Human Rights Watch backs likely ban on Filipino maids

Watchdog urges other countries to increase measures to protect their nationals working abroad

Household service workers make up a big portion of the eight to 11 million Filipinos working overseas

Household service workers make up a big portion of the eight to 11 million Filipinos working overseas

Human Rights Watch has praised a decision by the Philippines government that could ban domestic workers to three Gulf countries and urged other labour exporting countries to follow suit.

The US-based watchdog said it remained concerned about the treatment of domestic workers in the GCC states and called for other governments to step up measures to better protect their nationals working abroad. 

“Treatment of migrant domestic workers is a problem throughout the Gulf… It’s very encouraging that the Philippines would be considering such a move, it is steps like this that are essential in order to improve the situation for domestic workers generally,” Joe Stork, deputy director of Human Rights Watch’s Middle East and North Africa division, told Arabian Business.

“Other labour sending countries should be taking the same kinds of measures or certainly conducting the same kinds of investigations, and having the same kind of vigilance on the ground through the embassies and consulates as the Philippines does,” he added.

Media reports from Manila on Friday said the Philippines Department of Foreign Affairs (DFA) had recommended a ban on the deployment of household service workers to Kuwait, the UAE and Qatar because it could not guarantee their protection.

Filipino maids are currently subject to a separate ban from Saudi Arabia after the kingdom said it was seeking new sources for foreign workers.

The Department of Labour and Employment said it had made the recommendation after the three countries failed to comply with Republic Act 10022 or the Amended Migrant and Overseas Filipino Workers Act of 1995.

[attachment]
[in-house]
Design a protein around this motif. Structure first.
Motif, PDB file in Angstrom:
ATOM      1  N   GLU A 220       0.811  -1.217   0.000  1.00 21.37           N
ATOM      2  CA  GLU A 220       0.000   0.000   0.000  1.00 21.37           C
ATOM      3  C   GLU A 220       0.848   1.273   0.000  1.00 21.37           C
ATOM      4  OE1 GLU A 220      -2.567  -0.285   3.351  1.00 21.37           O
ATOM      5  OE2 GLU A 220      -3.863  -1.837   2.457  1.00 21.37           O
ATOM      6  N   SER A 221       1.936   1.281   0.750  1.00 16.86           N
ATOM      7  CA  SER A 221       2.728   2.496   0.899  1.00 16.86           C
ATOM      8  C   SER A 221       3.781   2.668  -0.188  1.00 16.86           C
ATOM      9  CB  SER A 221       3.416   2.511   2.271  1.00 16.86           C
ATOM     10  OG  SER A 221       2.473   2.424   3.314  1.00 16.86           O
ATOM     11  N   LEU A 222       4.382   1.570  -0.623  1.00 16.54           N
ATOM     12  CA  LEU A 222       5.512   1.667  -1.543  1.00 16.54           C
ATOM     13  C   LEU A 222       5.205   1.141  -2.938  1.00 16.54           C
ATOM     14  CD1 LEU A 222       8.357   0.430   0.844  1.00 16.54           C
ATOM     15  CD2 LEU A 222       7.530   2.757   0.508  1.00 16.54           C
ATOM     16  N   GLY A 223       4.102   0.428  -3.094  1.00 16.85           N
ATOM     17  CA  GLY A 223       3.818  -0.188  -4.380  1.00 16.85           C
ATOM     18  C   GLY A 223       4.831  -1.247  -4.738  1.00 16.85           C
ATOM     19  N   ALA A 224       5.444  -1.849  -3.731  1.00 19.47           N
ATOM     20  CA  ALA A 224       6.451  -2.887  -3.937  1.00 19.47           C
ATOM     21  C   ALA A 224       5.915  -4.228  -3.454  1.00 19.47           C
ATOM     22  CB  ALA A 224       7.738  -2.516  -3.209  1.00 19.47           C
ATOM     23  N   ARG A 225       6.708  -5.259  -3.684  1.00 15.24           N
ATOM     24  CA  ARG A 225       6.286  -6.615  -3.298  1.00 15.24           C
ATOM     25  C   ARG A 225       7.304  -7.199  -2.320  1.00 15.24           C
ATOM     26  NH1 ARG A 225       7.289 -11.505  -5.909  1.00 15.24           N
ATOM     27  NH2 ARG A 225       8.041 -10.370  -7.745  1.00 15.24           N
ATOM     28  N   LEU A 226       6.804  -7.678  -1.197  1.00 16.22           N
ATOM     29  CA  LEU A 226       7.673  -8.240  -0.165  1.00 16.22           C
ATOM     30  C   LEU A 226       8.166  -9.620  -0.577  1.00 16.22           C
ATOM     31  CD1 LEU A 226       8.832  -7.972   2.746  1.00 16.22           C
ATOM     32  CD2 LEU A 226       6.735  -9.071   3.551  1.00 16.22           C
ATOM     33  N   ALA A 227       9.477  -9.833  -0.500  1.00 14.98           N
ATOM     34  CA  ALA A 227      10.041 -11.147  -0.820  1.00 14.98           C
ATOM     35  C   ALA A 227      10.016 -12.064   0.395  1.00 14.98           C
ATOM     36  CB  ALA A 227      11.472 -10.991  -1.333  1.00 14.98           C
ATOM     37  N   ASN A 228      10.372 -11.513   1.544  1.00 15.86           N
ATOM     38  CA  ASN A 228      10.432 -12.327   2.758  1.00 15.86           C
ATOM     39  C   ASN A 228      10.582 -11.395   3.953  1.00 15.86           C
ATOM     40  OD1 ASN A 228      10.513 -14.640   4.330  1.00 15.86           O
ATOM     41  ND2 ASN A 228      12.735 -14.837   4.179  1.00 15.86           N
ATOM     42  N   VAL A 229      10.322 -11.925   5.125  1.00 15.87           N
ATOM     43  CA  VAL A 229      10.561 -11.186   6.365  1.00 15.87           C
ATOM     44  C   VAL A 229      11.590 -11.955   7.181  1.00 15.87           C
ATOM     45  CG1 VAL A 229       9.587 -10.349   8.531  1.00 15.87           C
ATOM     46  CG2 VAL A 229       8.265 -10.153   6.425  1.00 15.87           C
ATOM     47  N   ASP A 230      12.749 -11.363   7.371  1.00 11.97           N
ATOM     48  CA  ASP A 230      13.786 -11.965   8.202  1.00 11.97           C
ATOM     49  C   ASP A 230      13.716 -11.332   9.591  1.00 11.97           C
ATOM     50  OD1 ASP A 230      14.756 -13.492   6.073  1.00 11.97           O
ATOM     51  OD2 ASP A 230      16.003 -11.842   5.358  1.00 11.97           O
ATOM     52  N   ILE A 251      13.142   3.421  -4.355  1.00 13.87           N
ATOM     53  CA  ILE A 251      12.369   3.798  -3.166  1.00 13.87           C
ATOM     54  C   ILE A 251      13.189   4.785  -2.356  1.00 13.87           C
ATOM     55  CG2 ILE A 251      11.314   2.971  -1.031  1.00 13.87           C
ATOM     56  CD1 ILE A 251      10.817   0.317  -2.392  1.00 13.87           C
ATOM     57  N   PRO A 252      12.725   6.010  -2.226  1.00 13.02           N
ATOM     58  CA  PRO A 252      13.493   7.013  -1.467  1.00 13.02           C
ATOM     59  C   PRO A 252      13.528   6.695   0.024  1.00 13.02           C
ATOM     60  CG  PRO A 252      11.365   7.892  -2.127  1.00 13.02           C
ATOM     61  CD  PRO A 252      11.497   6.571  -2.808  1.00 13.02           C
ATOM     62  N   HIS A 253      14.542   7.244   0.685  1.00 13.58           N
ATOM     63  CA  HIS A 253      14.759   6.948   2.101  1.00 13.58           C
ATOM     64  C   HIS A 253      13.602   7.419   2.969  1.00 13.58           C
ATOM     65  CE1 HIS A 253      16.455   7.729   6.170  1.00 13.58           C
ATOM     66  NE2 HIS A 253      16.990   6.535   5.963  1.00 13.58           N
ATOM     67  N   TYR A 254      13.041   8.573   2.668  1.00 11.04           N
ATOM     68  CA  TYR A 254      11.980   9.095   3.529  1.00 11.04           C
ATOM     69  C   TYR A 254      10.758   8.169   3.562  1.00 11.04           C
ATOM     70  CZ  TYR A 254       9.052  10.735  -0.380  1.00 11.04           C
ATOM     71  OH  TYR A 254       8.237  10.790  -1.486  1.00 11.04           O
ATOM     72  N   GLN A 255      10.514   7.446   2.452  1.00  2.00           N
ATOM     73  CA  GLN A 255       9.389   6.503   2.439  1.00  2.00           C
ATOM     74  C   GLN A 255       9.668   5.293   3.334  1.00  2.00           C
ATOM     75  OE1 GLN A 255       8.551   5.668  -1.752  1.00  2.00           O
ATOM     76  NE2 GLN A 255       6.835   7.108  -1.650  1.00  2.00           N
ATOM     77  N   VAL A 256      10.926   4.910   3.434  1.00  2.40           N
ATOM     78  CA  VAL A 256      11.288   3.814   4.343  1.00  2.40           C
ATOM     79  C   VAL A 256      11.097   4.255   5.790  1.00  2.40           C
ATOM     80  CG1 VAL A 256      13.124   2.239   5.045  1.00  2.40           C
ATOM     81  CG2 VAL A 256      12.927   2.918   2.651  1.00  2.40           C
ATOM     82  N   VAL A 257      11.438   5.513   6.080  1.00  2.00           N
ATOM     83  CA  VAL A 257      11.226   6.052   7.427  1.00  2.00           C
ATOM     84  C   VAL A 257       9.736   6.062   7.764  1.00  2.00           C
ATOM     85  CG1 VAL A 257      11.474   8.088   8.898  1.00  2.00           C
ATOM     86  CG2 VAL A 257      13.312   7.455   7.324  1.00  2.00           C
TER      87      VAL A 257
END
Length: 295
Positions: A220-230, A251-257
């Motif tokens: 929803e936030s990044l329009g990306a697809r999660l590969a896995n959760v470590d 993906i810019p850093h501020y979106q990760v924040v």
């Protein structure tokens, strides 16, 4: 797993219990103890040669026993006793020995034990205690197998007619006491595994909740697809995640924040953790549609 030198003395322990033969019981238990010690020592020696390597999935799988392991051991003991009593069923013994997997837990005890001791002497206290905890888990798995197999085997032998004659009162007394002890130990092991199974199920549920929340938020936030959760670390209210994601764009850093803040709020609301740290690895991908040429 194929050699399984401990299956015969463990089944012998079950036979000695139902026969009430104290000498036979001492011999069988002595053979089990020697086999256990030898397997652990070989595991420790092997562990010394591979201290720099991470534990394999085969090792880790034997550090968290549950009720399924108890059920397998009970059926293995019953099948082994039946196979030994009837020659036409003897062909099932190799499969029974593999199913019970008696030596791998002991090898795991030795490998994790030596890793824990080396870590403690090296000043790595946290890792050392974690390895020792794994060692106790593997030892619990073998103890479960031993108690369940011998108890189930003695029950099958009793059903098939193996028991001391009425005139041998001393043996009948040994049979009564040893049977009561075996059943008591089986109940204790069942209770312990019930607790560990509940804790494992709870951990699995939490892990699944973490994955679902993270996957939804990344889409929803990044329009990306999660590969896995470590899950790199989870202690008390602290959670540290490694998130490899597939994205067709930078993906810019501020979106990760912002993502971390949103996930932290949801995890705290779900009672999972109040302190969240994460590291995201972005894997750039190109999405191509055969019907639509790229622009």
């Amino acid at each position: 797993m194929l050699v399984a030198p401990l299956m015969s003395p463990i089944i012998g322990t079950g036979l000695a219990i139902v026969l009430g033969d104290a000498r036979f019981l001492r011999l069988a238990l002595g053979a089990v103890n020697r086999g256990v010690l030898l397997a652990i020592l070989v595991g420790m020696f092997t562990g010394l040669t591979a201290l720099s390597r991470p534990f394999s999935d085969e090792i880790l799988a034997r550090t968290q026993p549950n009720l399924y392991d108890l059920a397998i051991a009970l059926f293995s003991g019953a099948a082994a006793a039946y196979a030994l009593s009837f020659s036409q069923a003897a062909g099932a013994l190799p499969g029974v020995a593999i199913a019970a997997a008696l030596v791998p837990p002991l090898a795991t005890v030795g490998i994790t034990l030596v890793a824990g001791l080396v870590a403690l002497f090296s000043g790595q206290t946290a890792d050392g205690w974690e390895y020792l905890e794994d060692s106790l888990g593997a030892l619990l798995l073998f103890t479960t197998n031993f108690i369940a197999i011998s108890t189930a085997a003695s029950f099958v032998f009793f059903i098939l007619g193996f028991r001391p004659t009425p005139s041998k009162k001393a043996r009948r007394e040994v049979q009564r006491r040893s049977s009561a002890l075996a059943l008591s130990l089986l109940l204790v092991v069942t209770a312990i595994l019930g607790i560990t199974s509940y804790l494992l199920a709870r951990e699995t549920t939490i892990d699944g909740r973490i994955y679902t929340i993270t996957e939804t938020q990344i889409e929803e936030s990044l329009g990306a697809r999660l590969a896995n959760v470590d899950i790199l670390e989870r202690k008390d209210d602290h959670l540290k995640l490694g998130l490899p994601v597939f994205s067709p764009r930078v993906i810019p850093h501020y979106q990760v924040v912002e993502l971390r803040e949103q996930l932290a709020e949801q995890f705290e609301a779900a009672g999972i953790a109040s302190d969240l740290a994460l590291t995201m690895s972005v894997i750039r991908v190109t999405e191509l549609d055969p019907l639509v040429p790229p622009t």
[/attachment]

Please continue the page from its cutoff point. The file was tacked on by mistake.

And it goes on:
According to Section 3, the Philippines will allow deployment only if the host country has “existing labour and social laws protecting the rights of workers”.

Labour Secretary Rosalinda Baldoz confirmed the DFA’s recommendation but said the Philippine Overseas Employment Administration (POEA) had yet to make a decision.

Household service workers make up a big portion of the eight to 11 million Filipinos working overseas.

In 2010, the total deployment of household service staff reached 96,583, with Hong Kong as the top destination. Kuwait ranked second with 21,554 Filipino domestic workers followed by UAE with 13,184, and Qatar fifth with 9,937, according to an industry source.

Human Rights Watch in April called for governments to work together to endorse protection for migrant workers living abroad.

The watchdog urged Ministers from Asian labour-sending countries to pledge support for a proposed international convention on labour standards for domestic work, increase civil society participation in future regional dialogues, promote increased multilateral cooperation, and take measures to eliminate recruitment fees charged to migrant workers.

“Abuses against migrants are often linked to gaps in information, poor coordination, and competition for jobs, so it’s a big deal for these governments to sit around the table and address these problems together,” Nisha Varia, senior women’s rights researcher at Human Rights Watch said.

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